Figure 13 shows the luminance variation according to the measurement angle, which was measured to analyze the cause behind the increased front luminance of the light source due to the hollow silica applied light diffusion film. For the hollow silica applied light diffusion film, it was found that the luminance tended to decrease compared to the light source luminance for angle ranges of 10~40° and 140~170°, which correspond to side angles, while the luminance increased for the angle range of 50~130°, which corresponds to front angles. On the other hand, the side luminance variation for the solid spherical silica applied light diffusion film was almost the same as the side luminance variation pattern for the light source, and the luminance actually decreased. Through this, it was predicted that the hollow structure of the hollow silica acted as an optical structure, causing a focusing effect and increasing the front luminance.

3.3. Optical Simulation

Figure 14, derived from the 3D-optical simulation, shows the illuminance distribution variation according to the presence of the hollow structure within the particle. The blue end of the scale represents low illuminance and the red end represents the high illuminance. For the silica particles including a hollow structure, as shown in (b), it can be observed that the light concentrated at the hollow part increased the illuminance. In contrast, for the solid particle without a hollow structure, as shown in (a), light scattering occurred and the surrounding light increased. Numerically, the average illuminance values for the hollow and solid particles were 3.23e11lx and 2.51e11 lx, respectively. The illuminance of the hollow particle was found to be higher.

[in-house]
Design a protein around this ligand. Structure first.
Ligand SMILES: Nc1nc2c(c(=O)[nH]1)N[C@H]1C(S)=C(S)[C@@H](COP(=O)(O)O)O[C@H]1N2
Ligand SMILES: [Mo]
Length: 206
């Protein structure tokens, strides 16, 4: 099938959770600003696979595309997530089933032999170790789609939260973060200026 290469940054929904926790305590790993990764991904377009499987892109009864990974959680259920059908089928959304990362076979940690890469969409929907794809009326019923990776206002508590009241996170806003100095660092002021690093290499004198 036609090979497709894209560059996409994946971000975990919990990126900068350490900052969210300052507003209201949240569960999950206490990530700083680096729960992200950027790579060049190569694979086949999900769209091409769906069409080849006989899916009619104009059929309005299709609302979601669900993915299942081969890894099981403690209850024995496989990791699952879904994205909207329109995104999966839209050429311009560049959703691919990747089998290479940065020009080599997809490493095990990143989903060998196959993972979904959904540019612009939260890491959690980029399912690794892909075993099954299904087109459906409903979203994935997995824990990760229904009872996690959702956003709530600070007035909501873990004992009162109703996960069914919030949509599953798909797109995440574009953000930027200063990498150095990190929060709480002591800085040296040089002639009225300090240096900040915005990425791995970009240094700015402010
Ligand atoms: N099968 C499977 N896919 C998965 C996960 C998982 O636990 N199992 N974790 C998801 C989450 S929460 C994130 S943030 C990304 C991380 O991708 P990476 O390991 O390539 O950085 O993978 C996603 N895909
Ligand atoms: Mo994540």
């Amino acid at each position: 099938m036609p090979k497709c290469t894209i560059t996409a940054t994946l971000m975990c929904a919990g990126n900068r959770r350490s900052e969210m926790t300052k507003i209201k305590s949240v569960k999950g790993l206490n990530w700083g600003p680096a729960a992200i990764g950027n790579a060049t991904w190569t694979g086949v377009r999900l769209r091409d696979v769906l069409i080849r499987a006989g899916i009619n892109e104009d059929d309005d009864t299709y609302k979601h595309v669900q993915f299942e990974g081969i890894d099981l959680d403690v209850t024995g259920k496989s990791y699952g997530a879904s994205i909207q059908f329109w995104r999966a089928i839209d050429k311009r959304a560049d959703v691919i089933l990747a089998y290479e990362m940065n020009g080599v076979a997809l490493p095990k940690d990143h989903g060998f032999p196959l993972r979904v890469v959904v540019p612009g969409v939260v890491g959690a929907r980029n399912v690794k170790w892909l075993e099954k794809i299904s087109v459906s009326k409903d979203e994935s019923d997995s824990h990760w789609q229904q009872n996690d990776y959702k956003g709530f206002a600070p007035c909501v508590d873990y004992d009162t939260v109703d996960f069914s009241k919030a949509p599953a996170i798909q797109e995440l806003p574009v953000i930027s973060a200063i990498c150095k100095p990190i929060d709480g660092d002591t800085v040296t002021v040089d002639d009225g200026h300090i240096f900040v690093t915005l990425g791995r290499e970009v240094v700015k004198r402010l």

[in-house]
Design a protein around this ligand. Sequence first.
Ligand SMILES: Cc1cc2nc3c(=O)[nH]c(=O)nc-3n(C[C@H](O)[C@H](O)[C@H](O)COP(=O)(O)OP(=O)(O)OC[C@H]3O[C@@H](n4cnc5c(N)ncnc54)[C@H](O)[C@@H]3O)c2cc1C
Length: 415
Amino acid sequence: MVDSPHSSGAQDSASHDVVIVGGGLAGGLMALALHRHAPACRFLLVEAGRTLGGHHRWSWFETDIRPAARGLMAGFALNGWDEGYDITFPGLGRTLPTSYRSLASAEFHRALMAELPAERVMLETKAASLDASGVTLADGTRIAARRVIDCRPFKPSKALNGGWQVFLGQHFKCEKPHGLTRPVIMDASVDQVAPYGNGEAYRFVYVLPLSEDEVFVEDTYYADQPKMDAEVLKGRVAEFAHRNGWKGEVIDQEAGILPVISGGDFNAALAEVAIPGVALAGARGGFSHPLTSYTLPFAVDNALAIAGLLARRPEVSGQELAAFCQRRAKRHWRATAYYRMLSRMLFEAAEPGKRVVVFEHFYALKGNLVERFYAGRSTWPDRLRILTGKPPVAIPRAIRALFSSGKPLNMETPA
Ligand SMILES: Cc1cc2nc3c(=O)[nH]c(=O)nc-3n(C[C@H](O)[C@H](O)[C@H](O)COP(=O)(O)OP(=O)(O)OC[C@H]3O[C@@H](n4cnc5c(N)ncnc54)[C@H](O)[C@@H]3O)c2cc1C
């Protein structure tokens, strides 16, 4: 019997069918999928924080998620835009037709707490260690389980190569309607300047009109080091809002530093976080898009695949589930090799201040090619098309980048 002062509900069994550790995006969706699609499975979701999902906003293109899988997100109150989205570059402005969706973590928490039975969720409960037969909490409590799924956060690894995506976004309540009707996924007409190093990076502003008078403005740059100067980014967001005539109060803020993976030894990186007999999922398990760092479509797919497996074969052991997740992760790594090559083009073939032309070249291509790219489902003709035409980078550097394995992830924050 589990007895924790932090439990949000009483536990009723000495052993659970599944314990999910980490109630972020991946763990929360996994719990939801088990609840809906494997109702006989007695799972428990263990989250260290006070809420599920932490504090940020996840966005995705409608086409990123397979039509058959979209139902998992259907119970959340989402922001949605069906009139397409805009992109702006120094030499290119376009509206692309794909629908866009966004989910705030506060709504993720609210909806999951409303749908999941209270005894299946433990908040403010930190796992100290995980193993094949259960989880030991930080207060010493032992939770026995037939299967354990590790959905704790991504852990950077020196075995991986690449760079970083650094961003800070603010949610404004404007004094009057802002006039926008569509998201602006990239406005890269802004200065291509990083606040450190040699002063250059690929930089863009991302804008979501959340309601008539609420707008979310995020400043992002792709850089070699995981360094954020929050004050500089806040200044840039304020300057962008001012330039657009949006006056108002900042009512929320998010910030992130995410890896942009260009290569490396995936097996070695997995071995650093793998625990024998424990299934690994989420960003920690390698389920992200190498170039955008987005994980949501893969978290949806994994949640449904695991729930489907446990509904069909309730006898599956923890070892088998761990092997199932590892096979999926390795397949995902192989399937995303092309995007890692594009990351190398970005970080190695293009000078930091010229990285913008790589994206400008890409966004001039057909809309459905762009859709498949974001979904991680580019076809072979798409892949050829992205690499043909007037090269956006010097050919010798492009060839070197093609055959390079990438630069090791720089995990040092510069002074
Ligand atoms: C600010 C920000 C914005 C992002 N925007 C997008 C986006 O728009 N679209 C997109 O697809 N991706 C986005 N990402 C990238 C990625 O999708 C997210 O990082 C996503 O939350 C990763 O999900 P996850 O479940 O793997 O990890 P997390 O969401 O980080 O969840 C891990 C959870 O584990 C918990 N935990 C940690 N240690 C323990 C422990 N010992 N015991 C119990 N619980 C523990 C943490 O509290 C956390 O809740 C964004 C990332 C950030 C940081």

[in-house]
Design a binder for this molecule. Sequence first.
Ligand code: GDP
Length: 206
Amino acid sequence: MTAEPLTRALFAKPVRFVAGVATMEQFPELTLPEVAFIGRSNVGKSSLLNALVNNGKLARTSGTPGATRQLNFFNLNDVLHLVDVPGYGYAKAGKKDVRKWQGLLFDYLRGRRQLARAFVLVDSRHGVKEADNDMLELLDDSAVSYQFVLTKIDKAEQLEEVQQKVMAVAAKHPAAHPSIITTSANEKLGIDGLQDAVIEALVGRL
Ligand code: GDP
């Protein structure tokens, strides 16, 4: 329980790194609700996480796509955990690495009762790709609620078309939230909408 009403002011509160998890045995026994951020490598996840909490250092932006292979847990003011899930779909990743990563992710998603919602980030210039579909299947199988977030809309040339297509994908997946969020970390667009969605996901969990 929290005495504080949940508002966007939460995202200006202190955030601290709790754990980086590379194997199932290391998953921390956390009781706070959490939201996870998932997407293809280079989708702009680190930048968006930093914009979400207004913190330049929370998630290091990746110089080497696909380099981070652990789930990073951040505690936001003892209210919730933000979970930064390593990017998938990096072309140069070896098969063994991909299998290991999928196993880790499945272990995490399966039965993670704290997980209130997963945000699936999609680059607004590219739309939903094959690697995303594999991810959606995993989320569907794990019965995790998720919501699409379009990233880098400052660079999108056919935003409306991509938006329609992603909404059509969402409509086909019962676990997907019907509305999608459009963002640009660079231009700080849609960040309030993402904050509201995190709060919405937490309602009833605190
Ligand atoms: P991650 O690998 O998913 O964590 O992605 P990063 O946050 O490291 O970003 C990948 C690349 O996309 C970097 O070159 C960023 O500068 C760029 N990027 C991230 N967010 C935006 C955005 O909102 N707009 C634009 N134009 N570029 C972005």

Figure 15 shows the light distribution simulation results according to the presence of a hollow structure in the particle. The front luminance for the hollow particles was higher than that of the solid particles, while the side luminance was lower than that of the solid particle.
The cause of the illuminance distribution variation and light distribution results can be determined through the light path tracking results shown in Fig. 16. The light that passed through the solid particles was scattered at various angles due to the numerous internal refractions. On the other hand, the light that passed through the hollow particle did not refract but passed through directly at the front. Through this, it was predicted that the hollow structure enhances the straightness of the light to produce the focusing effect.
The results obtained through 3D-optical simulation show trends similar to the real measurement results (Fig. 13), which reveal that the hollow structure reduces the scattering and refraction of light and increases the straightness, resulting in an enhancement of the optical properties.